Satellites Show Evidence of Violence, Civilian Displacement in South Sudan

Satellite Sentinel Project Press Release
Contact: Jonathan Hutson,
Satellites Show Evidence of Violence, Civilian Displacement in South Sudan
WASHINGTON – The Satellite Sentinel Project, or SSP, has released new analysis of DigitalGlobe satellite imagery from May and June 2013 which documents destruction and abandonment of residential areas and civilian infrastructure in Pibor and Boma counties of South Sudan's restive Jonglei state, as a result of escalated violence. DigitalGlobe's Analytics Center says imagery also shows the expansion of SPLA presence in Pibor, where fighting between the SPLA was intense in May and July.
Satellite Sentinel Project and Enough Project Co-Founder John Prendergast states:
“The escalating humanitarian crisis for Jonglei’s civilian population demands stronger international action. Internally displaced persons face massive survival challenges as the height of the wet season approaches. The government of South Sudan must act swiftly to ease ethnic tensions, end rebel violence, hold accountable its own forces for abuses, and allow civilians access to emergency aid.  For its part, the international community must redouble efforts to get aid to the displaced and support efforts to bring an end to inter-communal and rebel hostilities.”
Enough Project Sudan and South Sudan Policy Analyst Akshaya Kumar states:
“These satellite images offer a first glimpse of a mounting humanitarian crisis that has largely been unfolding in the dark due to impassable roads. Clashes between the South Sudanese army and the Khartoum-backed Yau Yau militia have emptied towns in Jonglei state and pushed an estimated 100,000 people into the bush during the height of the rainy season. Afraid of reprisals and abuse, Murle civilians are reluctant to return to their homes, complicating a humanitarian response already crippled by a lack of air assets and restrictions on aid agencies that have come under attack.”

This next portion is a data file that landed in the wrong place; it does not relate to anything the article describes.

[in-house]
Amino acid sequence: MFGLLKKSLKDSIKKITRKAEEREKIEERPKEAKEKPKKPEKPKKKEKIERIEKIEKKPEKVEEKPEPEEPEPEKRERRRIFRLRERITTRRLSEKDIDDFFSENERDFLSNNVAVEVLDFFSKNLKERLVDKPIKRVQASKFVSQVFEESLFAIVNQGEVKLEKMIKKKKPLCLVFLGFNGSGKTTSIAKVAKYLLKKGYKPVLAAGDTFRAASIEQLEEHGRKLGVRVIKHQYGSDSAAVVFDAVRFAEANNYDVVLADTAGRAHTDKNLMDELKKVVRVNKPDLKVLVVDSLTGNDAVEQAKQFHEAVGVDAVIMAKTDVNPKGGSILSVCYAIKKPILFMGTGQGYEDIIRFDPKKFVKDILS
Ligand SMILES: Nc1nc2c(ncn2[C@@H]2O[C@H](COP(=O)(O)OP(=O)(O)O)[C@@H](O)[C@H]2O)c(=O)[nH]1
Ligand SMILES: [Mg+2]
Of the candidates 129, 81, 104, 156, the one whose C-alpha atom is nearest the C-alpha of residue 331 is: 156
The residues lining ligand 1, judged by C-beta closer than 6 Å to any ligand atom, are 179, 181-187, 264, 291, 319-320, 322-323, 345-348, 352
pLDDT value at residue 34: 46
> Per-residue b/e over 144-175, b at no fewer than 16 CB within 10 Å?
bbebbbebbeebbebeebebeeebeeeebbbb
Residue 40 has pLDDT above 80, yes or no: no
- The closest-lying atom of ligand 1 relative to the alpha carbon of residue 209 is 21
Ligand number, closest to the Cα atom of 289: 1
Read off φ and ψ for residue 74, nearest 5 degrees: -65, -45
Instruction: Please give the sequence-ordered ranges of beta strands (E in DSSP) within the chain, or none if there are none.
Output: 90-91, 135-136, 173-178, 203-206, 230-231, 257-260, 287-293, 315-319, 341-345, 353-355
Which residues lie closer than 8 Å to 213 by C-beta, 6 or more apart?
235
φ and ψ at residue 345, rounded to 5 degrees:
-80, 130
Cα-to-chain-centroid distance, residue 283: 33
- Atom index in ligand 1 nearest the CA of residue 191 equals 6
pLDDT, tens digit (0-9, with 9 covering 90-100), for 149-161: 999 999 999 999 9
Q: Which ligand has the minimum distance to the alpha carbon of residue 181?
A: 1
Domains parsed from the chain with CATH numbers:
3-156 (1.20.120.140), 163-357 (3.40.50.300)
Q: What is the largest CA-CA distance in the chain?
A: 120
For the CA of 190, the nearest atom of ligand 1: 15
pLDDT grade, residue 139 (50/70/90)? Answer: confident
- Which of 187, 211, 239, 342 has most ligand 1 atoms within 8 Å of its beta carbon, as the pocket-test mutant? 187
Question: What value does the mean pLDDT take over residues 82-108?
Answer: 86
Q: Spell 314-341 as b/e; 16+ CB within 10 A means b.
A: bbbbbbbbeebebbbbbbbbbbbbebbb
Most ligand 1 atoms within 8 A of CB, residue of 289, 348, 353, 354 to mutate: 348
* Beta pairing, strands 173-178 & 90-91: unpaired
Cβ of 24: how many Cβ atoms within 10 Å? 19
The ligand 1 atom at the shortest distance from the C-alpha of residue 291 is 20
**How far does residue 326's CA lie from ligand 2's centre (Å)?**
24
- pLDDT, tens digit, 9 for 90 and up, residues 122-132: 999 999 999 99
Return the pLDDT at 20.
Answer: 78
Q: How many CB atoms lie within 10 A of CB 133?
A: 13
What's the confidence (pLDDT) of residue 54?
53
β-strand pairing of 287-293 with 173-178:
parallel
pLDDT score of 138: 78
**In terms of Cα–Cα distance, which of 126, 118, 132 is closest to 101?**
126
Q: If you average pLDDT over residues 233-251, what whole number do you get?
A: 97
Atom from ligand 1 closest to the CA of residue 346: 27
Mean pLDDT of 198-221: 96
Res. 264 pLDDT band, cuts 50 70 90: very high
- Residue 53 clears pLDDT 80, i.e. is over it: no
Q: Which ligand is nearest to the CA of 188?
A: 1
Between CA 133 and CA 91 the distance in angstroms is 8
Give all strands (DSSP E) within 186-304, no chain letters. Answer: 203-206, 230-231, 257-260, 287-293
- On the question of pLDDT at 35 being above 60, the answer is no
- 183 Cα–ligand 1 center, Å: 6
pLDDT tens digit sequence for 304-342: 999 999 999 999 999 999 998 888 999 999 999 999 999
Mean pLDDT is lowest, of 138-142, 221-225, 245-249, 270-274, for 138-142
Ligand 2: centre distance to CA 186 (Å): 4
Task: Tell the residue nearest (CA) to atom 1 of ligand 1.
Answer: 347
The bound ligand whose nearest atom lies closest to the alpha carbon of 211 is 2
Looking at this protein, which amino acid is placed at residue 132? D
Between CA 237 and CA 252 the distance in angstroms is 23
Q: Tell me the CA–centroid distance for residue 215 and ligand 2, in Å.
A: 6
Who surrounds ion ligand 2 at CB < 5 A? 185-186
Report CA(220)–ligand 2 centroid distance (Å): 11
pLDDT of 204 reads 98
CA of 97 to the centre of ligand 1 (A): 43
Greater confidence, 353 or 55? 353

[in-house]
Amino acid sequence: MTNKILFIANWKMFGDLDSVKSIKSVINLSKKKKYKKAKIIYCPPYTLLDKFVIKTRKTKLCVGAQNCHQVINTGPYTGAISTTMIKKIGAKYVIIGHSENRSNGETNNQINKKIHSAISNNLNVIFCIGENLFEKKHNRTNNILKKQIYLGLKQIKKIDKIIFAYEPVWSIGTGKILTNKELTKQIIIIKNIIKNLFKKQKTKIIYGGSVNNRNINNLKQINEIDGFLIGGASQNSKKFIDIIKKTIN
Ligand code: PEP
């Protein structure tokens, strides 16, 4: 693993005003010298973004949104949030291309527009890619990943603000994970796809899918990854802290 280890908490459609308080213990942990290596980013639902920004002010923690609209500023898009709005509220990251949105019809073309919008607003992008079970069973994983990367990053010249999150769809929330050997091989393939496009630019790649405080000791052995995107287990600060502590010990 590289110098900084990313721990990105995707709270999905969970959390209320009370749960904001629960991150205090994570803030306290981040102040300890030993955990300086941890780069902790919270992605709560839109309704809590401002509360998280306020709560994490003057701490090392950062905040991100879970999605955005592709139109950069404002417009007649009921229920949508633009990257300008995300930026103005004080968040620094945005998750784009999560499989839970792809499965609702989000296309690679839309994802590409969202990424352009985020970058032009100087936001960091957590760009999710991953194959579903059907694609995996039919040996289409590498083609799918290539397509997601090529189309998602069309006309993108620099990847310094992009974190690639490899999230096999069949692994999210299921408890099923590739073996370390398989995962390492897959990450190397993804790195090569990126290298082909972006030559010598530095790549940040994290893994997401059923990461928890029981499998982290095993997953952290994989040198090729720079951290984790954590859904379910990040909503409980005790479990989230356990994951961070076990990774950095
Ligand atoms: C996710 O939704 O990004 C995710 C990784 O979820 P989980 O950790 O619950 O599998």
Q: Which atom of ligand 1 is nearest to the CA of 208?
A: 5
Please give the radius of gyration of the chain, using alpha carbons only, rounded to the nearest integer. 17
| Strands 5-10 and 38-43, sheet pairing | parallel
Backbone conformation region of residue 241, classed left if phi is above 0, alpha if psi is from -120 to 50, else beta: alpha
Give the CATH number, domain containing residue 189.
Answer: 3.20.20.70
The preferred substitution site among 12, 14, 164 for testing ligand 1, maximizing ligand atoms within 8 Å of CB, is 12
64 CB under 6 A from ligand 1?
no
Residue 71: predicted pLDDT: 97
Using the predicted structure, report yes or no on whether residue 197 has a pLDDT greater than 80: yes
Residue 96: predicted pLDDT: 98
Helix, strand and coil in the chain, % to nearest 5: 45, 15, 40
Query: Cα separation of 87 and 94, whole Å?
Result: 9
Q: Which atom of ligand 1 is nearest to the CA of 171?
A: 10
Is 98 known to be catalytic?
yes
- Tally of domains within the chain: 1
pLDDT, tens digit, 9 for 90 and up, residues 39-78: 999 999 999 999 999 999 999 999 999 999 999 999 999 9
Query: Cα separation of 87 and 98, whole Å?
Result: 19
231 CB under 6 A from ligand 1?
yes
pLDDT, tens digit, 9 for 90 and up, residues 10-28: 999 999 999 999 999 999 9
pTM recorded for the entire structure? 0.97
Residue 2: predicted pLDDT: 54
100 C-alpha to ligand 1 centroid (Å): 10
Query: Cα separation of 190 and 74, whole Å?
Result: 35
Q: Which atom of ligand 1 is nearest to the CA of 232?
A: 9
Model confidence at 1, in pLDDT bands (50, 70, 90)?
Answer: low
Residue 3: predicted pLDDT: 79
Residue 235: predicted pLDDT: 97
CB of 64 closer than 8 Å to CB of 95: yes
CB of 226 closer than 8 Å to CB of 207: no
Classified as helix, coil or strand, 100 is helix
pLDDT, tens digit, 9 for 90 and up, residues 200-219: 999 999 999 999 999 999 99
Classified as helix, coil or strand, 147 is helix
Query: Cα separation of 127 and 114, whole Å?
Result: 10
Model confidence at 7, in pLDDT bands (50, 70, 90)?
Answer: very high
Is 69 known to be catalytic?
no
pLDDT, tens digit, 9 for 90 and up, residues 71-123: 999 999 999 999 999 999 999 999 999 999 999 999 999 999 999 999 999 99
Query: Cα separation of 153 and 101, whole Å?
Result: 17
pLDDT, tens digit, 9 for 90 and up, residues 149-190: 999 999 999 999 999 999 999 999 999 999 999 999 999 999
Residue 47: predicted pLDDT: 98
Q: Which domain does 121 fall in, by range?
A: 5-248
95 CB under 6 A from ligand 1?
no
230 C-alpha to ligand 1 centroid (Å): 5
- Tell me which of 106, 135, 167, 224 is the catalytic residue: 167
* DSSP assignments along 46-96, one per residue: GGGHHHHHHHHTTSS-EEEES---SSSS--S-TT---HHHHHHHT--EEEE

Read the Satellite Sentinel Project’s “Situation Report: Evidence of Violence, Civilian Displacement in South Sudan's Jonglei State”:
View or download the DigitalGlobe imagery on the Enough Project's Flickr account:
The Satellite Sentinel Project, or SSP, a partnership between the Enough Project and DigitalGlobe, conducts monitoring of the border between Sudan and South Sudan to assess the human security situation, identify potential threats to civilians, and detect, deter and document war crimes and crimes against humanity. The Enough Project provides field research, policy context, and communications strategy. DigitalGlobe provides imagery from its constellation of satellites and geospatial analysis from the DigitalGlobe Analysis Center. SSP is funded primarily by Not On Our Watch